Our gospel reading today is of Jesus responding to his disciples request to teach them how to pray. Now every Jewish child is taught from an early age to pray, just as I suspect we all were. Still, many of us feel our prayers are inadequate and when we meet a deeply spiritual person, we want to know how they pray hoping we might learn how to become closer to God – and by closer to God I mean we want to drive out any doubts we might have and know that God is present with us.
So, it should be no surprise that the disciples ask Jesus to teach them to pray. They know Jesus and want to be as certain as he is that God is listening. And they want to be know what God wants them to do with as much certainty as Jesus does after he prays. What I particularly like about this passage is that the very question his disciples asks speaks to the discomfort I often experience when I pray. I hear the prayers that others offer and wish my prayers were as good as their prayers. That is one reason I love our prayer book. I can read such beautiful prayers. The disciples didn’t have a prayer book so they ask Jesus for some guidance and as a result we have what we refer to as The Lord’s Prayer.
The Lord’s Prayer is simple and contains what we need to say. Addressing God as Father is personal. Many have suggested alternative ways to address God and that’s fine. Addressing God as Father, for Jesus, conveys the personal relationship his has God our Creator. “Hallowed be thy name” also acknowledges that God is worthy of our praise. Calling upon God’s kingdom to come need not be read as passive. We are not asking God to give us the kingdom or invite us into the kingdom. Instead we are praying for peace and harmony – something which we are called to help bring about. In Matthew’s gospel, he adds “Thy will be done on earth, as it is in heaven.” So, we are not praying for admission into heaven after our death, we are praying for God’s will to be done here and now – and that requires our participation to make it happen.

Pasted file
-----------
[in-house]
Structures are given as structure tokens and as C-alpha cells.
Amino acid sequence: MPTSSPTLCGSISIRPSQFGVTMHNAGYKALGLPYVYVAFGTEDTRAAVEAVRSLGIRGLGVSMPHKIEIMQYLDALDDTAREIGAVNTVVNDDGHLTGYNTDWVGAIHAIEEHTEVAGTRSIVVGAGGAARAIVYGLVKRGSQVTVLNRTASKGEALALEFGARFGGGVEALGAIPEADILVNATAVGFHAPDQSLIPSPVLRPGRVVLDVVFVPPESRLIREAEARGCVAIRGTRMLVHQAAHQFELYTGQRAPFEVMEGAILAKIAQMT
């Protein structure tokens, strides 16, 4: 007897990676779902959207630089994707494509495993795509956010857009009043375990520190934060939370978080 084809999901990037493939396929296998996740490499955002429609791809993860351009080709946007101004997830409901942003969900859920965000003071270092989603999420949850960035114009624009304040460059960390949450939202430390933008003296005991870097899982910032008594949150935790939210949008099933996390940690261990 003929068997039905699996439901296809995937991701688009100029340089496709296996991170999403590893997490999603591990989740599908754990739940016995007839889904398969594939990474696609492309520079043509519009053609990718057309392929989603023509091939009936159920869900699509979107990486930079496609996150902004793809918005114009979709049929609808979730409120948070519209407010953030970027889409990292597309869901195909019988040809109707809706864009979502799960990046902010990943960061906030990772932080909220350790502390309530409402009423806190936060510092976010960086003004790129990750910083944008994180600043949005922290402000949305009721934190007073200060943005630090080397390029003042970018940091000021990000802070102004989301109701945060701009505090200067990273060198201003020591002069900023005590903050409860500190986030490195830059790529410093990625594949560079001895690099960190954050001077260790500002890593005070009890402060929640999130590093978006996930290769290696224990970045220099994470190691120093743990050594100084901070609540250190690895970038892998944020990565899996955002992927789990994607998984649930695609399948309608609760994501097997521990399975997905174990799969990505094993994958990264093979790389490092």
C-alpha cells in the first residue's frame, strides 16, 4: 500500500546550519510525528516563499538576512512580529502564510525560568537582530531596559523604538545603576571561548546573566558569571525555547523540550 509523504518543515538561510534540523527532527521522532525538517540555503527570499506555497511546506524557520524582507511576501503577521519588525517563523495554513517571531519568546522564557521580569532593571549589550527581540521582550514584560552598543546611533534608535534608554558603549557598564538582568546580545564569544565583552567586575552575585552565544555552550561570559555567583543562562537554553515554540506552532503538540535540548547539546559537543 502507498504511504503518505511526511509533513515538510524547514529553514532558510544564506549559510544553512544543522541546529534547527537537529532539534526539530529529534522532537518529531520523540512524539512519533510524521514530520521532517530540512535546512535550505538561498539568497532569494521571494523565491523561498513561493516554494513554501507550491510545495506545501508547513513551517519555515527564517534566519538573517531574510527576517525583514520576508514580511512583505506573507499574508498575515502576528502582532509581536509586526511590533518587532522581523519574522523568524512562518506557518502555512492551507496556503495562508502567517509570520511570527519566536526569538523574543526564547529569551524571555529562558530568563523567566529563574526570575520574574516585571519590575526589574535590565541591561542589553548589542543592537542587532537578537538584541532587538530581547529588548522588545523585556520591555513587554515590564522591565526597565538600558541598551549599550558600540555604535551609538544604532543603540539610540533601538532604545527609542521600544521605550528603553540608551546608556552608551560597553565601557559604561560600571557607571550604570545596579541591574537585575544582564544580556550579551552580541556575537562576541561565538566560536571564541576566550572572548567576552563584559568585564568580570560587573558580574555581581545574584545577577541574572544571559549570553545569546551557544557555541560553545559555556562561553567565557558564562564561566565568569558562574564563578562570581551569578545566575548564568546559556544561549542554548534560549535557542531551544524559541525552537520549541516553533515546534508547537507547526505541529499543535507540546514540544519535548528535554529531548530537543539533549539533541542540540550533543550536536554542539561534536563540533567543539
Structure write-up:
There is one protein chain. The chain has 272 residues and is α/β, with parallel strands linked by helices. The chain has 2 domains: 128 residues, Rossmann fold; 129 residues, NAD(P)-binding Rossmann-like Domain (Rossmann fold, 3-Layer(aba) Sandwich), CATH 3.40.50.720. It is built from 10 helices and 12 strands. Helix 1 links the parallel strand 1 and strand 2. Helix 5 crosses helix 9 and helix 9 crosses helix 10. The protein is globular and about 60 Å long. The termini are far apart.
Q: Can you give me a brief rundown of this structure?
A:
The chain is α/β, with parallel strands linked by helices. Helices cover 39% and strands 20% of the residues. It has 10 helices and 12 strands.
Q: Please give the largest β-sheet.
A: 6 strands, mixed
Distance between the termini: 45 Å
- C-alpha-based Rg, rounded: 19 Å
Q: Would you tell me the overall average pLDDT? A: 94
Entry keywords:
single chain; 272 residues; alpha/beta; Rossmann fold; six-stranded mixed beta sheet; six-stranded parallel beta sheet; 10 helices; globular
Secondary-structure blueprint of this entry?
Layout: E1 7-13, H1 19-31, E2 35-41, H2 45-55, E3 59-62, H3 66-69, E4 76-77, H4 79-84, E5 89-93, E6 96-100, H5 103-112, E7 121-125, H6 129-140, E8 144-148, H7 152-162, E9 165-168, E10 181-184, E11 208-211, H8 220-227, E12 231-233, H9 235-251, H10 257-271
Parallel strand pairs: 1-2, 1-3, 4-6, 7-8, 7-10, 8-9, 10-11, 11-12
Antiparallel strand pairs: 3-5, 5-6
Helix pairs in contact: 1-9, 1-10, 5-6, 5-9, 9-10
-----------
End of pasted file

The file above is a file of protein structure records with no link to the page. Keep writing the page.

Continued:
We are then taught to pray for our own needs, which includes forgiveness. The inclusion of “as we forgive others” serves as a reminder of just what is necessary for us to experience God’s kingdom. And finally, we are taught to pray for protection from temptation. Here it is said, “do not bring us to the time of trail,” but that is just one way the Lord’s Prayer is translated from the Greek. As we recite it today we will say, “Lead us not into temptation, but deliver us from evil.”
The Lord’s Prayer includes petitions to God to meet our own needs and to have the strength to resist temptation, but it is not about us and us alone. Jesus teaches us seek a personal relationship with God and to surrender our will to God’s will – that God’s will may be accomplished and we may live in God’s Kingdom “on earth as it is in heaven.”
This may seem an insurmountable goal, but it is possible to experience God’s kingdom while others around us are still struggling to find their way to our Father. We can love God and love one another, we can forgive as we have been forgiven, and we can put our trust in God rather than give in to temptation and give up on experiencing peace. God’s kingdom is not so much a place as it is a state of being in which we are embraced by God’s love as a loving father embraces a child.
Let us pray.
Lord Christ, we give you thanks for teaching us to pray. Help us not to simply read our prayers, but to truly offer our prayers up to God and be filled with the Holy Spirit. We offer our prayers in the name of the Father, the Son, and the Holy Spirit. Amen.